The psychologist who produced some of these findings, Eli Finkel, suggests that if you want to be happy in your marriage, it’s best not to look to your partner for all your existential needs. Finkel recommends finding yourself in hobbies, friends, and work.

You have a similar sense of humor.


Neil Clark Warren, psychologist and founder of dating site eHarmony, previously told Business Insider that humor can be a “social lubricant” in a romantic relationship.

Business Insider’s Erin Brodwin has reported that having a “private language” with your partner – like nicknames and jokes that no one else would get – can help facilitate bonding and often predicts relationship satisfaction.

You split chores evenly.


In one poll, 56% of married Americans said sharing household chores is “very important” to a successful marriage – that’s more than the percentage who said having adequate income was very important. Chore-sharing seems to be especially meaningful to younger couples, with 67 percent of 18- to 29-year-old married adults calling it “very important” to a successful marriage.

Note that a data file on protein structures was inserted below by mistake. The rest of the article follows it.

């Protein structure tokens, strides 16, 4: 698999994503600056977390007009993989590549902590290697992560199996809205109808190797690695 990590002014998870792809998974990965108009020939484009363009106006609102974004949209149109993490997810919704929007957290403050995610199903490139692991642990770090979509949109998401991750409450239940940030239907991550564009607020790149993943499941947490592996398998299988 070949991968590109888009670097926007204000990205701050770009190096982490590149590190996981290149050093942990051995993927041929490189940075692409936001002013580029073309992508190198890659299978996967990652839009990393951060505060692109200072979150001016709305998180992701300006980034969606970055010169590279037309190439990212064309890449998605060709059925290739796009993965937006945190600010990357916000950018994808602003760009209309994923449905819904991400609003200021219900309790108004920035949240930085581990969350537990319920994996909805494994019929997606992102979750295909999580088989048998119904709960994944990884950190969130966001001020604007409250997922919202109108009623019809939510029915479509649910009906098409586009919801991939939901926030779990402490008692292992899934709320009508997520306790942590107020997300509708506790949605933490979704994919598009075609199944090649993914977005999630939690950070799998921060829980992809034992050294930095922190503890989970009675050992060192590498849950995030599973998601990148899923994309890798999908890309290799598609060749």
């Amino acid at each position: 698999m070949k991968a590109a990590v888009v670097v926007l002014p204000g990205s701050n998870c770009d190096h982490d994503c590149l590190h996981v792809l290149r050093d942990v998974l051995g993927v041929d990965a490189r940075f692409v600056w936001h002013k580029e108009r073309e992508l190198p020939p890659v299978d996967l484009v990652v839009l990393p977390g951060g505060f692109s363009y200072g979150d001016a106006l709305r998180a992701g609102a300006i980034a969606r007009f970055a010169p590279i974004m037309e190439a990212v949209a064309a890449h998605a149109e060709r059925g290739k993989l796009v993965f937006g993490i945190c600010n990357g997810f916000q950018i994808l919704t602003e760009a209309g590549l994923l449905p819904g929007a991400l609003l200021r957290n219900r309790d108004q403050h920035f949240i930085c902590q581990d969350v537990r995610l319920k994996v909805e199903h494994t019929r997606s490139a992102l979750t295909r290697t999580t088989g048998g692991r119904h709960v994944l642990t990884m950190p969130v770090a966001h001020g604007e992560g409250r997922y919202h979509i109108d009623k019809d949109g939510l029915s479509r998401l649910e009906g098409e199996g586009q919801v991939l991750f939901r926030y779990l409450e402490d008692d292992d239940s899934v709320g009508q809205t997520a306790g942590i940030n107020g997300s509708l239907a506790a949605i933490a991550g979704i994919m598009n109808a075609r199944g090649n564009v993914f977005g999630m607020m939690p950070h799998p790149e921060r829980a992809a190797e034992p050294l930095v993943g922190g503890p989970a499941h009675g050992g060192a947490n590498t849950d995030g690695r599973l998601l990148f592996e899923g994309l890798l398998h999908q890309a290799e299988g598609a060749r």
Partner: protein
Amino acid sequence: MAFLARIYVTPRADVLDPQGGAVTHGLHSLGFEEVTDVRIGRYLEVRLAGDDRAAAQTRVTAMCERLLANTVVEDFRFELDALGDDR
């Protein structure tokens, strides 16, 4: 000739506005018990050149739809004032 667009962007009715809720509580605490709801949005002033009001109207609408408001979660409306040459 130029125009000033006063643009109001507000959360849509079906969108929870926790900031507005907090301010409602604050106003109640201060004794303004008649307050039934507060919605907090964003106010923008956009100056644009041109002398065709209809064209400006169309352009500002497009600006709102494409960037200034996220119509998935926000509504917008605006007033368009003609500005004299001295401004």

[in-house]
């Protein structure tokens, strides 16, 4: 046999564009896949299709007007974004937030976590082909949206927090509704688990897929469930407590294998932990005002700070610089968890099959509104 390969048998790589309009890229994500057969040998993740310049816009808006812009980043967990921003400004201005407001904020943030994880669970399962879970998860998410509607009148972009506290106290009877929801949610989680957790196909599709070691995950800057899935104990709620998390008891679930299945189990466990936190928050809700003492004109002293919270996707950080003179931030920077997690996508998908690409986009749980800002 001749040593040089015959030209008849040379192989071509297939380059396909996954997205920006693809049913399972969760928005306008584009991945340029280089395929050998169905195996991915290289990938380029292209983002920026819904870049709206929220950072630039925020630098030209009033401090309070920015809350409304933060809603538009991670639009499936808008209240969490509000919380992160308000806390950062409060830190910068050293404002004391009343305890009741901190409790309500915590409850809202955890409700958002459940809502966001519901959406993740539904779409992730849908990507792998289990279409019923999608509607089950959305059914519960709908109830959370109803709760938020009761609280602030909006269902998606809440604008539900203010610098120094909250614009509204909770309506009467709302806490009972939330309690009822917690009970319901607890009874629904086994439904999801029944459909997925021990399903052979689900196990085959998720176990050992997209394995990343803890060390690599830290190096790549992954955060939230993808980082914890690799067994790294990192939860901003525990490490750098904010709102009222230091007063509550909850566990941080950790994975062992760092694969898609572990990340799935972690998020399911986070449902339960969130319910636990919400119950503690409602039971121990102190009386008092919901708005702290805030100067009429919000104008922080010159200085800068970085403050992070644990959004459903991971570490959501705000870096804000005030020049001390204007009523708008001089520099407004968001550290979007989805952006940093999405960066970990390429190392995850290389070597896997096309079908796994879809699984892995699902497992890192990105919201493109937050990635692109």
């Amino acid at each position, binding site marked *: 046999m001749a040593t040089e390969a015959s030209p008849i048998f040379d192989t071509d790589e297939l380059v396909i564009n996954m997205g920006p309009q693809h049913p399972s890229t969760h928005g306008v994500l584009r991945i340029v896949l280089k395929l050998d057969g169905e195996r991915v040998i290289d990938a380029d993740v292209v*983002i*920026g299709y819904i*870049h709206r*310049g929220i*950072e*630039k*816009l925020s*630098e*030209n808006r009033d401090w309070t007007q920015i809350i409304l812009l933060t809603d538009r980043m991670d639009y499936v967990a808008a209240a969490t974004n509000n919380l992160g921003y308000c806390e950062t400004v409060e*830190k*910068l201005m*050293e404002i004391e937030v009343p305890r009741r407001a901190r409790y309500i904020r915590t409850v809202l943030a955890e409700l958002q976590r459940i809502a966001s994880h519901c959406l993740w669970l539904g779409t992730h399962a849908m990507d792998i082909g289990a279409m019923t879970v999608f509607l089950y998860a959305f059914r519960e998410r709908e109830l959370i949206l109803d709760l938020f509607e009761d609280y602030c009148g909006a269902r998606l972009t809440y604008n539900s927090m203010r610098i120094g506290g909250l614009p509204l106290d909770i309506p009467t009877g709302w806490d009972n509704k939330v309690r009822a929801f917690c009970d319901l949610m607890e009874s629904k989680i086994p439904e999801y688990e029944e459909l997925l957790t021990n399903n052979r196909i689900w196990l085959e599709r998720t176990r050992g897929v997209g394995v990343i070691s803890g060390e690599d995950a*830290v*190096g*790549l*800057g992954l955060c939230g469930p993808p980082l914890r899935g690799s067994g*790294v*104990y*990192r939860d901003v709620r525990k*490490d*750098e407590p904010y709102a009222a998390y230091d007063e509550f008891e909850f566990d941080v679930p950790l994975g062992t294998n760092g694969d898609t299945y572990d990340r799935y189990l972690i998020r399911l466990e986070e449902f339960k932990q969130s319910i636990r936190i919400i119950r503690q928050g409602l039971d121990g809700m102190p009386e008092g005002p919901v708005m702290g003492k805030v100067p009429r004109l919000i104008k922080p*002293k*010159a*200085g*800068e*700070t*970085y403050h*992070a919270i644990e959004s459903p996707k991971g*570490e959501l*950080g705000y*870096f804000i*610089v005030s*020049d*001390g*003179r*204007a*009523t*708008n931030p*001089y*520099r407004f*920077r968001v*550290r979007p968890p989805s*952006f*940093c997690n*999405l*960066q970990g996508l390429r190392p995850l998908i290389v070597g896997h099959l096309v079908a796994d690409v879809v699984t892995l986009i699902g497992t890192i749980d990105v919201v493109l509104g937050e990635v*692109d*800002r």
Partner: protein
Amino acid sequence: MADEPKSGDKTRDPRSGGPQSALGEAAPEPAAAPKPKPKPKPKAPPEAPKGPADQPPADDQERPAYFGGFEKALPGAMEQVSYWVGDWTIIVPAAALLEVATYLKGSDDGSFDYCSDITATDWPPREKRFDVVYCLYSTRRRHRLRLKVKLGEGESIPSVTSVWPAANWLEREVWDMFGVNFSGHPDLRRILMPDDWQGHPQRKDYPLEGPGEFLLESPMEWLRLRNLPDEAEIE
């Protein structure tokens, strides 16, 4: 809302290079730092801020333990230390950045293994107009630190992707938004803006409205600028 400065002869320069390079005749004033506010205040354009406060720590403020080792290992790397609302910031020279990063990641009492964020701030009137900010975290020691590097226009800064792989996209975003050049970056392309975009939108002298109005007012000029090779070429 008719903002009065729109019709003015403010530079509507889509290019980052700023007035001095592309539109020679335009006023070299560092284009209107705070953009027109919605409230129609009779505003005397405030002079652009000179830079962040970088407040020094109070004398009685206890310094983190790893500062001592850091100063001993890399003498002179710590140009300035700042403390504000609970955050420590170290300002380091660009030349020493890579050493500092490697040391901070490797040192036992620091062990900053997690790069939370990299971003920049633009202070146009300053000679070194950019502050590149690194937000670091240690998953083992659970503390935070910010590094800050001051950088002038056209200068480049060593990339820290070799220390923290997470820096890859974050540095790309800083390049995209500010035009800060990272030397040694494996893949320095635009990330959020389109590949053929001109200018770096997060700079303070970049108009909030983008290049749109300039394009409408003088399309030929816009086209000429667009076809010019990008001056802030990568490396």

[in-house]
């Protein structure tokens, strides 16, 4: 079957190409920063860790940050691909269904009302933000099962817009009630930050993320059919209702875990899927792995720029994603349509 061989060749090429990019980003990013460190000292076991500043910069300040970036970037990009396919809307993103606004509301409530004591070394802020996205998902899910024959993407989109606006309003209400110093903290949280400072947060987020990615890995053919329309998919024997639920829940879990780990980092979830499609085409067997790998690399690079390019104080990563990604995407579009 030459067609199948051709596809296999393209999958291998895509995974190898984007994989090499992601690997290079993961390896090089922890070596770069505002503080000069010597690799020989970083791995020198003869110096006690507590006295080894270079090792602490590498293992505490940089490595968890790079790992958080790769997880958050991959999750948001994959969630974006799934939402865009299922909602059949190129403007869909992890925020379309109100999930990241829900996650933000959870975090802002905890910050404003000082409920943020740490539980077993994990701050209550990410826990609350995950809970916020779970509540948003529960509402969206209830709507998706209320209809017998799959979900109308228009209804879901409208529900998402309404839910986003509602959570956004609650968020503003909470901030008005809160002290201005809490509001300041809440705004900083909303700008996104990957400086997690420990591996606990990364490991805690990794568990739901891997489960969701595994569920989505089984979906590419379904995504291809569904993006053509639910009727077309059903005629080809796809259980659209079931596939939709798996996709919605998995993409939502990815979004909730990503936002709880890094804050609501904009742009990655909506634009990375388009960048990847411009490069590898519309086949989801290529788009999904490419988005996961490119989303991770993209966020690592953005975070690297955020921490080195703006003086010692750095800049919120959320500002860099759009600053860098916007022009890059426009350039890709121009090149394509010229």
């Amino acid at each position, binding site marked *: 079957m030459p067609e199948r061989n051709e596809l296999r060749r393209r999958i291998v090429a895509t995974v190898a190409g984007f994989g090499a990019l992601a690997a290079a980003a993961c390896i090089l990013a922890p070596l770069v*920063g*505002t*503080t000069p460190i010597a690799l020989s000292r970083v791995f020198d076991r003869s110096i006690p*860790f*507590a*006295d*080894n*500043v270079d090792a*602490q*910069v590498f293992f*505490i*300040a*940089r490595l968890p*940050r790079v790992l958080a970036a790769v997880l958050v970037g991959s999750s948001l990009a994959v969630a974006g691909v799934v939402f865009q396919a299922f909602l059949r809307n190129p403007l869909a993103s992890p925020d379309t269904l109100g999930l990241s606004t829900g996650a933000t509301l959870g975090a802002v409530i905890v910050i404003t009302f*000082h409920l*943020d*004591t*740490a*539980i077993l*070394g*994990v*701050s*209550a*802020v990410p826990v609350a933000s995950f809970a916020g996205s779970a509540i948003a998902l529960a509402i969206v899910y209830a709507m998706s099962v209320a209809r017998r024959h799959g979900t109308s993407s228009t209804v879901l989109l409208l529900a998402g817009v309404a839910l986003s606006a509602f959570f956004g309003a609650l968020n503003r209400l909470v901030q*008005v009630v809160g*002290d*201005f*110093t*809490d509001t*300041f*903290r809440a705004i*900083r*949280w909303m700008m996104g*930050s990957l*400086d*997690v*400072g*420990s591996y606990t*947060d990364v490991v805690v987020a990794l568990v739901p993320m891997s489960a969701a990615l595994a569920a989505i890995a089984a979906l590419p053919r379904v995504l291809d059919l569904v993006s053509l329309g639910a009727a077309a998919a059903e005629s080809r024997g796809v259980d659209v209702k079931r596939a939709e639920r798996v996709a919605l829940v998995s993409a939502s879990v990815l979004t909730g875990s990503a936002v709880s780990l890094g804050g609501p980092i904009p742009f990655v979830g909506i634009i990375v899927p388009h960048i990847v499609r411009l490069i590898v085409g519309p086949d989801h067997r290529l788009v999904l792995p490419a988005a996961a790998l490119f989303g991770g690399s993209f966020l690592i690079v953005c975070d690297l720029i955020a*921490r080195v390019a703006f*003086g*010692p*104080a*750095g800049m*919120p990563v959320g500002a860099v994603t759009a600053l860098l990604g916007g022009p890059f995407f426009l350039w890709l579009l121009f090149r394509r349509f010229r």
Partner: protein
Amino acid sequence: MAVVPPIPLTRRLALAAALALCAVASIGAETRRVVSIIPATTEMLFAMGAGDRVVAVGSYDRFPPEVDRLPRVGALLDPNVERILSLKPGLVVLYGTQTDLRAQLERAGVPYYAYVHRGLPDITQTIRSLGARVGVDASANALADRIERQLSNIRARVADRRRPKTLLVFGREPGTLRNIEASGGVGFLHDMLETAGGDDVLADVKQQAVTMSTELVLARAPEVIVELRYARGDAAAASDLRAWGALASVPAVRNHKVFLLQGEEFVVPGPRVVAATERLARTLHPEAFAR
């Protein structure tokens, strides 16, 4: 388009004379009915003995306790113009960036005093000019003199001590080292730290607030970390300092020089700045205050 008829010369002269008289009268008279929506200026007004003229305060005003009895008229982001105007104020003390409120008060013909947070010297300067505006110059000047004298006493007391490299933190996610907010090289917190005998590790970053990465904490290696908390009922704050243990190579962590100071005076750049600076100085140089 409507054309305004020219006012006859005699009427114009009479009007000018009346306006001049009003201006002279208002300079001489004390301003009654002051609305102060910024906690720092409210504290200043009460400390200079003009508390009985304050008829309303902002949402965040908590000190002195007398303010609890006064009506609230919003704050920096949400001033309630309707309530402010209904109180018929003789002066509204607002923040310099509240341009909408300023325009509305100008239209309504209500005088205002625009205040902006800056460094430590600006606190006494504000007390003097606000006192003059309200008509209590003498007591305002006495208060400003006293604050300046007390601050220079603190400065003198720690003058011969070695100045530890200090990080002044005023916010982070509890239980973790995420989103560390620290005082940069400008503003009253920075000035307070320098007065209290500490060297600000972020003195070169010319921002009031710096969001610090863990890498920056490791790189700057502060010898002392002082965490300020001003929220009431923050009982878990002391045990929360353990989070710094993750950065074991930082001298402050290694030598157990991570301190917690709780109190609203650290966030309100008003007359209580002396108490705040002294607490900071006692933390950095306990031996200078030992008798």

But while men are doing more housework than they were in years past, research has found that women still pick up most of the slack.

You try new things together.

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In classic research led by relationship expert Art Aron in the Journal of Social and Personal Relationships, researchers looked at the relationship quality of more than 50 middle-aged married couples and assigned them to one of three groups.

One group picked new and exciting activities to do together for 90 minutes a week – like going to a play or dancing. Another group spent 90 minutes a week doing pleasant but routine activities together – like going to a movie. The last group wasn’t asked to change anything.

After 10 weeks, the researchers reassessed the couples’ relationship quality and found that those who had tried new and exciting things were the most satisfied.